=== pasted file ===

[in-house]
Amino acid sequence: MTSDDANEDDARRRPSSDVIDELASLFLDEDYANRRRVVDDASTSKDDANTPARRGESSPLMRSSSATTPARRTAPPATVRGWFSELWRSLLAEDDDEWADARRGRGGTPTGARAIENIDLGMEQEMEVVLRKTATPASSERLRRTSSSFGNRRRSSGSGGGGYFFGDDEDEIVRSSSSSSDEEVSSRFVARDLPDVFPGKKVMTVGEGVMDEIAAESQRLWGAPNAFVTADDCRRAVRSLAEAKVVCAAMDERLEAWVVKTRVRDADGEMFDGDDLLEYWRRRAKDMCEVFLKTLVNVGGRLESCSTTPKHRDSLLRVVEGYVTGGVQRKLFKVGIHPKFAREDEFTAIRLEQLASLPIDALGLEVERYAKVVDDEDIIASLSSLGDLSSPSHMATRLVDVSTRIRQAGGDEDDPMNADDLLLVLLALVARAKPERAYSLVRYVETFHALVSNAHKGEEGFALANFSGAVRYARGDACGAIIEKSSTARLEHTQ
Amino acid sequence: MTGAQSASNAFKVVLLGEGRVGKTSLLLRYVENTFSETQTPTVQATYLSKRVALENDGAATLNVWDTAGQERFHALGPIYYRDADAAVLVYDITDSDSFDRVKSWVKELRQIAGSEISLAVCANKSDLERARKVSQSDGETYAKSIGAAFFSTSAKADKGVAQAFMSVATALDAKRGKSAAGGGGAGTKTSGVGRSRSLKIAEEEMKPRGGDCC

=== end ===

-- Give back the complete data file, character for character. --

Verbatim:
[in-house]
Amino acid sequence: MTSDDANEDDARRRPSSDVIDELASLFLDEDYANRRRVVDDASTSKDDANTPARRGESSPLMRSSSATTPARRTAPPATVRGWFSELWRSLLAEDDDEWADARRGRGGTPTGARAIENIDLGMEQEMEVVLRKTATPASSERLRRTSSSFGNRRRSSGSGGGGYFFGDDEDEIVRSSSSSSDEEVSSRFVARDLPDVFPGKKVMTVGEGVMDEIAAESQRLWGAPNAFVTADDCRRAVRSLAEAKVVCAAMDERLEAWVVKTRVRDADGEMFDGDDLLEYWRRRAKDMCEVFLKTLVNVGGRLESCSTTPKHRDSLLRVVEGYVTGGVQRKLFKVGIHPKFAREDEFTAIRLEQLASLPIDALGLEVERYAKVVDDEDIIASLSSLGDLSSPSHMATRLVDVSTRIRQAGGDEDDPMNADDLLLVLLALVARAKPERAYSLVRYVETFHALVSNAHKGEEGFALANFSGAVRYARGDACGAIIEKSSTARLEHTQ
Amino acid sequence: MTGAQSASNAFKVVLLGEGRVGKTSLLLRYVENTFSETQTPTVQATYLSKRVALENDGAATLNVWDTAGQERFHALGPIYYRDADAAVLVYDITDSDSFDRVKSWVKELRQIAGSEISLAVCANKSDLERARKVSQSDGETYAKSIGAAFFSTSAKADKGVAQAFMSVATALDAKRGKSAAGGGGAGTKTSGVGRSRSLKIAEEEMKPRGGDCC